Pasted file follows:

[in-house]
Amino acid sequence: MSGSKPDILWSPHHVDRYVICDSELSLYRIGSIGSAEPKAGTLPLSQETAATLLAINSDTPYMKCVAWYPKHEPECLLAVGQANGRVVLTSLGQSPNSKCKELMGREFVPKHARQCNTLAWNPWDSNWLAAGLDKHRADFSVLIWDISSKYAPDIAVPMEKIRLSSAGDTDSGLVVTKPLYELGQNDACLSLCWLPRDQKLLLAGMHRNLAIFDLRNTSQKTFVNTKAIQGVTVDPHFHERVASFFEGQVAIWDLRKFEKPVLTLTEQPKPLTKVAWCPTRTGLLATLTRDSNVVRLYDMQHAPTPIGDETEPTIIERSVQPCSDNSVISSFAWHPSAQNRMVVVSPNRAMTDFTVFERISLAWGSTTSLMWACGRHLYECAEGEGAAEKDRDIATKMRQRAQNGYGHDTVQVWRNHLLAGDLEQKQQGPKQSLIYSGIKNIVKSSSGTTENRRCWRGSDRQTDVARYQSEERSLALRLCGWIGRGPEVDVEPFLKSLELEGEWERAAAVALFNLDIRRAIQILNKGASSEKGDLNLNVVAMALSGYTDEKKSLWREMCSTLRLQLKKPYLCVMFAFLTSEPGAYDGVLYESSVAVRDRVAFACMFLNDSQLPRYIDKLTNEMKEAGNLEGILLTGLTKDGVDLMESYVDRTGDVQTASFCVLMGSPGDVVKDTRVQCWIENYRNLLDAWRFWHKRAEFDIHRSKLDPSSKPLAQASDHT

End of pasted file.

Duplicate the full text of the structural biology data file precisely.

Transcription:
[in-house]
Amino acid sequence: MSGSKPDILWSPHHVDRYVICDSELSLYRIGSIGSAEPKAGTLPLSQETAATLLAINSDTPYMKCVAWYPKHEPECLLAVGQANGRVVLTSLGQSPNSKCKELMGREFVPKHARQCNTLAWNPWDSNWLAAGLDKHRADFSVLIWDISSKYAPDIAVPMEKIRLSSAGDTDSGLVVTKPLYELGQNDACLSLCWLPRDQKLLLAGMHRNLAIFDLRNTSQKTFVNTKAIQGVTVDPHFHERVASFFEGQVAIWDLRKFEKPVLTLTEQPKPLTKVAWCPTRTGLLATLTRDSNVVRLYDMQHAPTPIGDETEPTIIERSVQPCSDNSVISSFAWHPSAQNRMVVVSPNRAMTDFTVFERISLAWGSTTSLMWACGRHLYECAEGEGAAEKDRDIATKMRQRAQNGYGHDTVQVWRNHLLAGDLEQKQQGPKQSLIYSGIKNIVKSSSGTTENRRCWRGSDRQTDVARYQSEERSLALRLCGWIGRGPEVDVEPFLKSLELEGEWERAAAVALFNLDIRRAIQILNKGASSEKGDLNLNVVAMALSGYTDEKKSLWREMCSTLRLQLKKPYLCVMFAFLTSEPGAYDGVLYESSVAVRDRVAFACMFLNDSQLPRYIDKLTNEMKEAGNLEGILLTGLTKDGVDLMESYVDRTGDVQTASFCVLMGSPGDVVKDTRVQCWIENYRNLLDAWRFWHKRAEFDIHRSKLDPSSKPLAQASDHT